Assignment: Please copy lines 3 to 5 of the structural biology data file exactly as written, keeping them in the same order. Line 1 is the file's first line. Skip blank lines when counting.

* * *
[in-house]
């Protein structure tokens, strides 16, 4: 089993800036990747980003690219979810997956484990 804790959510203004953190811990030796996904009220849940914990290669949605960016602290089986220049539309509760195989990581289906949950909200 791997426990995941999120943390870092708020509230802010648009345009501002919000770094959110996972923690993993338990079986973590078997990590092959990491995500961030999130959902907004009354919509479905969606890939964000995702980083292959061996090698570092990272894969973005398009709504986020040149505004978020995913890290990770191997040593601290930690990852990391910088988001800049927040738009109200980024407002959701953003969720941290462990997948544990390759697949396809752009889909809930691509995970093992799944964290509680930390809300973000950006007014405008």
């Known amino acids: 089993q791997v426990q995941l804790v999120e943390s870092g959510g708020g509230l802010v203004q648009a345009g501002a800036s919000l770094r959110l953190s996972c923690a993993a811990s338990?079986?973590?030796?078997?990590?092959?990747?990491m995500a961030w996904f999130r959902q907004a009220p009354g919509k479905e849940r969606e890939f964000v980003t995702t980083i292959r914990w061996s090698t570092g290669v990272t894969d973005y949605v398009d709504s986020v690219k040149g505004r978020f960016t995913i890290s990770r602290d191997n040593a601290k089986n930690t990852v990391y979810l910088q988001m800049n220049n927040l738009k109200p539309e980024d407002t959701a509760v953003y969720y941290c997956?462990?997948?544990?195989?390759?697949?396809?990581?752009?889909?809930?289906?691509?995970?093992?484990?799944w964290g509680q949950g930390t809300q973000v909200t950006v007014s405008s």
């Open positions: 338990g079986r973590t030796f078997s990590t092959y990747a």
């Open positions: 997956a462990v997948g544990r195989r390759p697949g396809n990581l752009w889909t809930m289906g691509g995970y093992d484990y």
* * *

């Known amino acids: 089993q791997v426990q995941l804790v999120e943390s870092g959510g708020g509230l802010v203004q648009a345009g501002a800036s919000l770094r959110l953190s996972c923690a993993a811990s338990?079986?973590?030796?078997?990590?092959?990747?990491m995500a961030w996904f999130r959902q907004a009220p009354g919509k479905e849940r969606e890939f964000v980003t995702t980083i292959r914990w061996s090698t570092g290669v990272t894969d973005y949605v398009d709504s986020v690219k040149g505004r978020f960016t995913i890290s990770r602290d191997n040593a601290k089986n930690t990852v990391y979810l910088q988001m800049n220049n927040l738009k109200p539309e980024d407002t959701a509760v953003y969720y941290c997956?462990?997948?544990?195989?390759?697949?396809?990581?752009?889909?809930?289906?691509?995970?093992?484990?799944w964290g509680q949950g930390t809300q973000v909200t950006v007014s405008s």
């Open positions: 338990g079986r973590t030796f078997s990590t092959y990747a």
């Open positions: 997956a462990v997948g544990r195989r390759p697949g396809n990581l752009w889909t809930m289906g691509g995970y093992d484990y």